In Egypt, Dial Up Isn’t Dead, Even Though Other Internet Options Are

Looks like those people who refuse to cancel AOL’s dial up service may be on to something.

As you may have heard, there’s a bit of an uprising going on in Egypt, where citizens are organizing mass protests and gatherings to express their displeasure with the current government.

In an effort to quell the fire fueled by websites like Twitter and Facebook, the Egyptian government flipped the off switch on the internet for the entire country, as well as disabling SMS. This takes things even further than normal tactics of blocking access to specific sites.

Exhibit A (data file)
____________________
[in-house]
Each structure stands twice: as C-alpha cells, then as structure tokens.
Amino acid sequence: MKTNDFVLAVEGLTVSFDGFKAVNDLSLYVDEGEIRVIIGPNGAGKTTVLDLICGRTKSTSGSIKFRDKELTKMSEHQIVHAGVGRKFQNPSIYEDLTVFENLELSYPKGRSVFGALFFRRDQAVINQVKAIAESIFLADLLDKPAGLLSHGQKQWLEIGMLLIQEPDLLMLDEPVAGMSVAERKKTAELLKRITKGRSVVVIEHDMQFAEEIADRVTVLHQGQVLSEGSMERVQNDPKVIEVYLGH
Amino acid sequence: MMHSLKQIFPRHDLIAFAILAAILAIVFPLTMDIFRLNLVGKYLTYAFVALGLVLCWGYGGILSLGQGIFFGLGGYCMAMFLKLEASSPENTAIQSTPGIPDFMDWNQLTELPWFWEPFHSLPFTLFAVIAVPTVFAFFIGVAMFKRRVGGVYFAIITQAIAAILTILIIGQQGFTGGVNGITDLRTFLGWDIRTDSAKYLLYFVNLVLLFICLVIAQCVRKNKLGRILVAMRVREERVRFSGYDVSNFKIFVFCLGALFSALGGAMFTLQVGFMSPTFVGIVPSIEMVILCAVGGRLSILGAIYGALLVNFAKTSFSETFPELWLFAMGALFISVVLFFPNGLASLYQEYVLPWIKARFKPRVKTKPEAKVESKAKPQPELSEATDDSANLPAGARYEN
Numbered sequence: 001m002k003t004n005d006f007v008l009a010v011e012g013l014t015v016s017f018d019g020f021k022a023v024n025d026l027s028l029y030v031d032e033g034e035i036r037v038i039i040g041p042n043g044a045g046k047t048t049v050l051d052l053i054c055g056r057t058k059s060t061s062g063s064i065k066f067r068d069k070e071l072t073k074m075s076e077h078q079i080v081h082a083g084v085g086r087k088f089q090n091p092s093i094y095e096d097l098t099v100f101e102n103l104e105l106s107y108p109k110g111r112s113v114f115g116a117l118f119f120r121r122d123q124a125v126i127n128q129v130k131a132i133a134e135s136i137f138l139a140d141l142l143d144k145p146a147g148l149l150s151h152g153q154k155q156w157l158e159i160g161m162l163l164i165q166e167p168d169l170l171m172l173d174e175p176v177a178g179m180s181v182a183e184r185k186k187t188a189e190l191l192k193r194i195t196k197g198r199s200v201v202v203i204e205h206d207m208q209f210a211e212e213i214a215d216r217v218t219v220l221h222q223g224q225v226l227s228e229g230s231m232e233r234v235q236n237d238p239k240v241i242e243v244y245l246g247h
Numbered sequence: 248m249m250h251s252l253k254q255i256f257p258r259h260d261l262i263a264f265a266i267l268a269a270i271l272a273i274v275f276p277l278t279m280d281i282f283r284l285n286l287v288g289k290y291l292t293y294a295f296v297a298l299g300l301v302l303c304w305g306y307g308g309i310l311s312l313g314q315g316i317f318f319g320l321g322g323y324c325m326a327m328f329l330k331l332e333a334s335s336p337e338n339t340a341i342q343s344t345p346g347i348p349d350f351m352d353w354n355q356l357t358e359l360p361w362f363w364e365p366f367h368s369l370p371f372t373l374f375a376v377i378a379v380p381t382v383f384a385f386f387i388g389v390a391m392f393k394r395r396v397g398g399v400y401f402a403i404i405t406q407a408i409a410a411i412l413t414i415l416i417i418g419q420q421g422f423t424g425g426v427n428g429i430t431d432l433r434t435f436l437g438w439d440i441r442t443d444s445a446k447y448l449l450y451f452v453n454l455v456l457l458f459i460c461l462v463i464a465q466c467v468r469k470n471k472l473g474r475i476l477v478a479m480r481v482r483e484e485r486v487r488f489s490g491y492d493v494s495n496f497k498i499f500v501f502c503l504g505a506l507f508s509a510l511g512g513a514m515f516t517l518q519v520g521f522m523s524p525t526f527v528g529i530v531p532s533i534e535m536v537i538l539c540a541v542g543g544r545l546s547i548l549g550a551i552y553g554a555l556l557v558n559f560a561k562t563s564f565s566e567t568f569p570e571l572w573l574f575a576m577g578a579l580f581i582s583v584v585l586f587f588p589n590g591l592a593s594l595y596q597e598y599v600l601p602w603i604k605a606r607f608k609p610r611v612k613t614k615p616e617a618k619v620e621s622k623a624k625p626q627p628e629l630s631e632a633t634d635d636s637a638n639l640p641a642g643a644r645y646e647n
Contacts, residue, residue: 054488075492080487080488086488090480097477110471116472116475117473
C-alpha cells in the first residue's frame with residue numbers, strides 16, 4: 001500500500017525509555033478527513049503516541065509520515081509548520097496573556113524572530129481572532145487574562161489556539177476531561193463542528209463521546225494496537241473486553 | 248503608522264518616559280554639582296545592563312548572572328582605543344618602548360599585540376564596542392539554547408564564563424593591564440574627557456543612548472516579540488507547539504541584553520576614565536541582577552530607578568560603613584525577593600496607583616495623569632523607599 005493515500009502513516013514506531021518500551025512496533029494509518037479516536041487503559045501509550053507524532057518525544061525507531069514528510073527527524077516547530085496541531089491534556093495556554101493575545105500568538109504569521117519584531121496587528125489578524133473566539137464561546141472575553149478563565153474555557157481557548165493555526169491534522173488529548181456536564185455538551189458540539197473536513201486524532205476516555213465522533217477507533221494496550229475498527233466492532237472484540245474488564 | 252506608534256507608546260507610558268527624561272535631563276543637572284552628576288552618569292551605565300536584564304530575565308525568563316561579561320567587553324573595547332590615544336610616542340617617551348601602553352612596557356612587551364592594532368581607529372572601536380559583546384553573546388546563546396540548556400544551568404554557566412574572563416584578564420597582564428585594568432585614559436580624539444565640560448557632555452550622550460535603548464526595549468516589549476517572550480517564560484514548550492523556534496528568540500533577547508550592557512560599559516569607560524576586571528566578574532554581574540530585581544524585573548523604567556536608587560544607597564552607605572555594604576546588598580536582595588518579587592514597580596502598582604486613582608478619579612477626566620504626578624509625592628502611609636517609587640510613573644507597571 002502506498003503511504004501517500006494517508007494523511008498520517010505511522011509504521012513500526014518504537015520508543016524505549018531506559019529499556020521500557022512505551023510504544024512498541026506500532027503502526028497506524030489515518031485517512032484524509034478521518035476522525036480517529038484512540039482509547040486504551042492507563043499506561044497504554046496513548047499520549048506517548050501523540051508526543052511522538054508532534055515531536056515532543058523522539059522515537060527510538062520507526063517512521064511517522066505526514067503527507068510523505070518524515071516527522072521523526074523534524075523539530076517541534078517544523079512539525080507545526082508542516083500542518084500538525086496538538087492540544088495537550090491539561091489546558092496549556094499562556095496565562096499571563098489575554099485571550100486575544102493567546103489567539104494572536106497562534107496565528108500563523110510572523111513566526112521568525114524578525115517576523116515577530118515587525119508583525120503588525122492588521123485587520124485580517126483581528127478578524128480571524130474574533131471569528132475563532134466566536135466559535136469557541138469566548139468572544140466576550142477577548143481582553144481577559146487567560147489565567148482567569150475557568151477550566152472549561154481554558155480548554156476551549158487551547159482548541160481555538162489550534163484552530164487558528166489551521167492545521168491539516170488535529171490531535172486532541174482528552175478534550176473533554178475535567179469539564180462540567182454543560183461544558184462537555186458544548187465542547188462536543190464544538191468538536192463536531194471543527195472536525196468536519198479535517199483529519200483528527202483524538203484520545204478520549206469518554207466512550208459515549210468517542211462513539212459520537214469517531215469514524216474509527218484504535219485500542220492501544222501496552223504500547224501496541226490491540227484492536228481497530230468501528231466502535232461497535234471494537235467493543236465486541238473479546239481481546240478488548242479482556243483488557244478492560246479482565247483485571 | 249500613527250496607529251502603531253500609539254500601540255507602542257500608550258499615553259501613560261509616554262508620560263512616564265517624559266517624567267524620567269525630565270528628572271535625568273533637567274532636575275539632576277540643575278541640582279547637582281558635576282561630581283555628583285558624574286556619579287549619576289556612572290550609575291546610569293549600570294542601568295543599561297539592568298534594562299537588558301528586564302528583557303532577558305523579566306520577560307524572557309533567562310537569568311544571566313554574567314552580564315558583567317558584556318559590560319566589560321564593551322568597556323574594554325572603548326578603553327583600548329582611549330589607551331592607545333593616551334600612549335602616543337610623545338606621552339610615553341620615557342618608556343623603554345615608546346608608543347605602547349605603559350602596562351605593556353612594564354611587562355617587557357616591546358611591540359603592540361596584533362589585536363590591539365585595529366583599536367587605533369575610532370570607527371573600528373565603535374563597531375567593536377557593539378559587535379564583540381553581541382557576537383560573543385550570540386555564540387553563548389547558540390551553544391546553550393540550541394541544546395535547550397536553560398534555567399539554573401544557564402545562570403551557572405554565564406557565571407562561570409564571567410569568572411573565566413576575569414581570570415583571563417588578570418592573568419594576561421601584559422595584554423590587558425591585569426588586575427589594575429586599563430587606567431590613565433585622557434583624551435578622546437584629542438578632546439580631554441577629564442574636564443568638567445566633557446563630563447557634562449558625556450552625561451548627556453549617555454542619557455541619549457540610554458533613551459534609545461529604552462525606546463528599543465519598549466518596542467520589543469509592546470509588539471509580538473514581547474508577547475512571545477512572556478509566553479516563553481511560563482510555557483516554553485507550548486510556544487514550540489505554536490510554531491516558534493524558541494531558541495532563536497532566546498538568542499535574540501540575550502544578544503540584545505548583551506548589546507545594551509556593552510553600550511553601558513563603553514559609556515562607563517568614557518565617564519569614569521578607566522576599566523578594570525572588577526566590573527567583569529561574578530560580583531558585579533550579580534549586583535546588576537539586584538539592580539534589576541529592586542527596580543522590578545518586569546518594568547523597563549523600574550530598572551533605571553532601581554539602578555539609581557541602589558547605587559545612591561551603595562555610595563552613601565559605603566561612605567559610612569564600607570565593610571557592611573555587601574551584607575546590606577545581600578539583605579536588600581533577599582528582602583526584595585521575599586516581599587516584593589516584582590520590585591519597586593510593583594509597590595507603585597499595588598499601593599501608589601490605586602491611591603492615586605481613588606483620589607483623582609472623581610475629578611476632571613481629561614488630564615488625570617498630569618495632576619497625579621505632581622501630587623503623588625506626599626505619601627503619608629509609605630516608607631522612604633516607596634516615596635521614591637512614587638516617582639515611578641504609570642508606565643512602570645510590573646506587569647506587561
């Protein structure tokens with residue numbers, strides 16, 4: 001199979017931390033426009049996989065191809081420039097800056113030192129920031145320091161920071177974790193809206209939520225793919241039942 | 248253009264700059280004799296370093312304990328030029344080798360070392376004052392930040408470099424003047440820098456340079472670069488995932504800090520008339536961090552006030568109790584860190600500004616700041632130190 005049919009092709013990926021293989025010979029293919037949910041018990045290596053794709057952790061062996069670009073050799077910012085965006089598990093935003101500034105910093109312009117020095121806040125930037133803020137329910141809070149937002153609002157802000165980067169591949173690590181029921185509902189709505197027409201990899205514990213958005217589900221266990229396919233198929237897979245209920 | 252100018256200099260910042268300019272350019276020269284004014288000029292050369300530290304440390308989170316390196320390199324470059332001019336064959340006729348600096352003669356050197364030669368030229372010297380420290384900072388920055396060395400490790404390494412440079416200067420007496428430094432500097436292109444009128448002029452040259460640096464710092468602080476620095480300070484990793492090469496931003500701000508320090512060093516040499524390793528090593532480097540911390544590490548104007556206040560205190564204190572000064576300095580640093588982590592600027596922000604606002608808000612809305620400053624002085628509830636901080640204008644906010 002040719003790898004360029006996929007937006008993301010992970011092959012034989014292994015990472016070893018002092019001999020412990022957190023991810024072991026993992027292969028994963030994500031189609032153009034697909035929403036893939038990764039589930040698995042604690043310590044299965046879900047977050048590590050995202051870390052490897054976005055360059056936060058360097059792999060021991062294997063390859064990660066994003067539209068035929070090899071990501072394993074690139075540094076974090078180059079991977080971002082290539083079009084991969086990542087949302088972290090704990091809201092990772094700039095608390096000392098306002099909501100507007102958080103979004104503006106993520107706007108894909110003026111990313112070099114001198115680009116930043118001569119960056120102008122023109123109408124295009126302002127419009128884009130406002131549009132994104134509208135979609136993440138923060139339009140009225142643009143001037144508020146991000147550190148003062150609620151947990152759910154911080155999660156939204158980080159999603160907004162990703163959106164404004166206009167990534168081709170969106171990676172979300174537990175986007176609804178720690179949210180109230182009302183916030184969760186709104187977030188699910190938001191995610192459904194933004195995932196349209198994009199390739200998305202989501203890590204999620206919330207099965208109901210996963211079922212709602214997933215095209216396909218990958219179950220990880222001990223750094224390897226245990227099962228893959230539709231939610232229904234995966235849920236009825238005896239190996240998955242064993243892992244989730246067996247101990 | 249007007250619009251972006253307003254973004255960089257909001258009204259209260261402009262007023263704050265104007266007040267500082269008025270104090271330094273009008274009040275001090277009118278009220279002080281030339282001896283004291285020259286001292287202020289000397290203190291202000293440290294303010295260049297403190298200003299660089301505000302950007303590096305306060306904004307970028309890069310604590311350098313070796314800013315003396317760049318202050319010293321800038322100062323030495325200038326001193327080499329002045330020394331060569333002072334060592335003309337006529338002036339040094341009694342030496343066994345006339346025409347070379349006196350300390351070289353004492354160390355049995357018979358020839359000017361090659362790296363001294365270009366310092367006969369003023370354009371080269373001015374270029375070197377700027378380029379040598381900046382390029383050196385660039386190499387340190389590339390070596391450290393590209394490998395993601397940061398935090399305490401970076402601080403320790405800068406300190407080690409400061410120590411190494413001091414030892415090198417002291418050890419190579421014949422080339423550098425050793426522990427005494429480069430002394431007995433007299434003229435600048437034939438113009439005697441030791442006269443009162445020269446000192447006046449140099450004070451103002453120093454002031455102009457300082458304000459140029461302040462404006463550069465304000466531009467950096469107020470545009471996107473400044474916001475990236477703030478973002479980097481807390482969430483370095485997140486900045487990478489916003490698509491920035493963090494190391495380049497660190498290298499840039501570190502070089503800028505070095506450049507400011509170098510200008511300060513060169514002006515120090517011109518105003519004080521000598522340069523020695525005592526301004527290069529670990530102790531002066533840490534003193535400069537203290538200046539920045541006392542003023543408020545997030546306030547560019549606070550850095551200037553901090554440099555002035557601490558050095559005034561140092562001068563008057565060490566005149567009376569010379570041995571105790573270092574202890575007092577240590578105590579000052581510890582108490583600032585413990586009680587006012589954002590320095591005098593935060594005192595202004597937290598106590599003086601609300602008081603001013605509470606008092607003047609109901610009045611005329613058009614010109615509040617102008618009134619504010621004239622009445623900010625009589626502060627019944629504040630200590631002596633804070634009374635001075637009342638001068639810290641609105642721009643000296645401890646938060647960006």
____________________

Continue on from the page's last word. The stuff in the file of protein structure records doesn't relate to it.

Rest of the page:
While the internet and mobile services are hobbled, phone lines may still be operational, and various companies have stepped up to offer dial-up internet access so that citizens can continue to use internet services to send news out and communicate with each other to further organize.

Lest you start to wonder why this matters to you, someone reading in the US, consider a bill set to be vote on later this year. Senators Lieberman and Collins introduced the ‘Protecting Cyberspace as a National Asset Act’ (PCNAA) bill, which would allow the US government to shut off access to the internet, and keep it offline indefinitely, without judicial oversight. {BoingBoing}

While it’s difficult for most people to imagine not being able to access the internet, or for businesses to imagine a total shutdown of US online commerce, not too long ago the same things may have been difficult for people in Egypt to imagine.

Keep that 56k modem handy.

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